We will protect and nurture the environment for future generations

In New Zealand we are known for our rich and diverse landscapes.  The sustainable management and protection of our resources and natural environment is a responsibility that farmers, with their close connection to the land and water, care deeply about and have been actively working towards for many years.

The Dairy Tomorrow Strategy commits the sector to working with farmers and other industry stakeholders to successfully adopt good farming practices that meet the environmental needs of the catchment or location where they farm. 

The two key areas of focus for this commitment are:

  • improving water quality and biodiversity
  • reducing greenhouse gas emissions.

These issues are not new. The dairy sector has long been committed to farming within environmental limits and has made significant progress over the years. New Zealand dairy farmers are the world’s most sustainable dairy farmers and continuing progress here will help strengthen this position.


  • Lead efforts to improve the health of our rivers and streams and protect and enhance biodiversity, beginning in 2018 with collaboration with other rural and urban land users, central and local government and communities on strategies and actions toward achieving swimmable waterways.
  • Lead efforts on agriculture’s contribution to meeting New Zealand’s climate change goals through identifying and implementing strategies to reduce or offset greenhouse gas emissions from dairy farming.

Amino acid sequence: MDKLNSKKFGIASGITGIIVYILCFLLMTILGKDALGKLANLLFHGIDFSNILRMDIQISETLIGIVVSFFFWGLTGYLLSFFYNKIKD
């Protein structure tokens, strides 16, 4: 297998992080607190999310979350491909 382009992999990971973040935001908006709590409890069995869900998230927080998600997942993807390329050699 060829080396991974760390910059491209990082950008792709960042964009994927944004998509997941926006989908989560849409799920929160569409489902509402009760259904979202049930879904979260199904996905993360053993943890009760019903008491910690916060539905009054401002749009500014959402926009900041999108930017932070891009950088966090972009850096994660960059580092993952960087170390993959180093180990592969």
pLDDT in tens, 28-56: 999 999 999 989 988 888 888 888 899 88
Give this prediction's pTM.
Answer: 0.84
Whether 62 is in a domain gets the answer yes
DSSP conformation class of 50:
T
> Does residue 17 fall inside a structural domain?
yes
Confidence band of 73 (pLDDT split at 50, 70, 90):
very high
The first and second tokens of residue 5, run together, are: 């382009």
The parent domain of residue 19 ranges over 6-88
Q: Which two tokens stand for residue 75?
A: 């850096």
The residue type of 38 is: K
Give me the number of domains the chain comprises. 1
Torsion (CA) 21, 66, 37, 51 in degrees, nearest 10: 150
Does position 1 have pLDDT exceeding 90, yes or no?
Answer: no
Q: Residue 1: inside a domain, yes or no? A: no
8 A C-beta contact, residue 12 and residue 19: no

• With communities, government and other land users, develop a blueprint for a 50 year vision of sustainable land use in New Zealand by 2025.
  • By 2025, achieve all farms implementing and reporting under certified farm sustainability plans.

Water quality

The dairy sector has a long history of environmental action.  Beginning with the Dairy Clean Streams Accord in 2003, followed by the 2013 Dairy Water Accord.  In 2018 the environmental focus gained cross-sector commitment with the adoption of the Good Farming Practice Action Plan for Water Quality, which aims to achieve swimmable rivers and improve ecological health of waterways through widespread adoption of good farming practices.

Past actions and principles continue to be refined and improved, as part of the sector-wide Dairy Tomorrow Strategy.

Find out more about the Good Farming Action Plan here.

Water quality progress

The Dairy Tomorrow Strategy continues to work towards meeting environmental goals for water quality through a range of initiatives and a commitment to: